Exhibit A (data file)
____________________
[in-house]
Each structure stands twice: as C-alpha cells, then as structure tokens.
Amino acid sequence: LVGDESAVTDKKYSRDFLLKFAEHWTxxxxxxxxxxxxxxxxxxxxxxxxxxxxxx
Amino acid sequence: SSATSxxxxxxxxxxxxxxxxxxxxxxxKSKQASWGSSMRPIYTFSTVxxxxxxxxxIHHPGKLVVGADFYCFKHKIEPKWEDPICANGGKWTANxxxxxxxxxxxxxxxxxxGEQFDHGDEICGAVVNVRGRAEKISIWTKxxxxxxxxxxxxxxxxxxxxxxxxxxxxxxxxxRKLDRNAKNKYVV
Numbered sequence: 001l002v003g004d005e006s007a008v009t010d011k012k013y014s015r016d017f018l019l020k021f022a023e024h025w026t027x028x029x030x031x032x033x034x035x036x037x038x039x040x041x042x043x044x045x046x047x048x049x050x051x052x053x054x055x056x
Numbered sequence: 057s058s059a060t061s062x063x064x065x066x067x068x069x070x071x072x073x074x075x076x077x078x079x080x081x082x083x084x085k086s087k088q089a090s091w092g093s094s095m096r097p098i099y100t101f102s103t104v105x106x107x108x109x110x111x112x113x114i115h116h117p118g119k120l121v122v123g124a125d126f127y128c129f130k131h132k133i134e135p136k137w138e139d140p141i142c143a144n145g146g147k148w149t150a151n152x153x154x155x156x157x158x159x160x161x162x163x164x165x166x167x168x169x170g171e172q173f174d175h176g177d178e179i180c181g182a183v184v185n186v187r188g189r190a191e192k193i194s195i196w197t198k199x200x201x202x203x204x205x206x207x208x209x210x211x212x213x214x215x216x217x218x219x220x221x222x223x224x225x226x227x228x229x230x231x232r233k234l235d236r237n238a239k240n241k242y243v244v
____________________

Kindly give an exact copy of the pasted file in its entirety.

[in-house]
Each structure stands twice: as C-alpha cells, then as structure tokens.
Amino acid sequence: LVGDESAVTDKKYSRDFLLKFAEHWTxxxxxxxxxxxxxxxxxxxxxxxxxxxxxx
Amino acid sequence: SSATSxxxxxxxxxxxxxxxxxxxxxxxKSKQASWGSSMRPIYTFSTVxxxxxxxxxIHHPGKLVVGADFYCFKHKIEPKWEDPICANGGKWTANxxxxxxxxxxxxxxxxxxGEQFDHGDEICGAVVNVRGRAEKISIWTKxxxxxxxxxxxxxxxxxxxxxxxxxxxxxxxxxRKLDRNAKNKYVV
Numbered sequence: 001l002v003g004d005e006s007a008v009t010d011k012k013y014s015r016d017f018l019l020k021f022a023e024h025w026t027x028x029x030x031x032x033x034x035x036x037x038x039x040x041x042x043x044x045x046x047x048x049x050x051x052x053x054x055x056x
Numbered sequence: 057s058s059a060t061s062x063x064x065x066x067x068x069x070x071x072x073x074x075x076x077x078x079x080x081x082x083x084x085k086s087k088q089a090s091w092g093s094s095m096r097p098i099y100t101f102s103t104v105x106x107x108x109x110x111x112x113x114i115h116h117p118g119k120l121v122v123g124a125d126f127y128c129f130k131h132k133i134e135p136k137w138e139d140p141i142c143a144n145g146g147k148w149t150a151n152x153x154x155x156x157x158x159x160x161x162x163x164x165x166x167x168x169x170g171e172q173f174d175h176g177d178e179i180c181g182a183v184v185n186v187r188g189r190a191e192k193i194s195i196w197t198k199x200x201x202x203x204x205x206x207x208x209x210x211x212x213x214x215x216x217x218x219x220x221x222x223x224x225x226x227x228x229x230x231x232r233k234l235d236r237n238a239k240n241k242y243v244v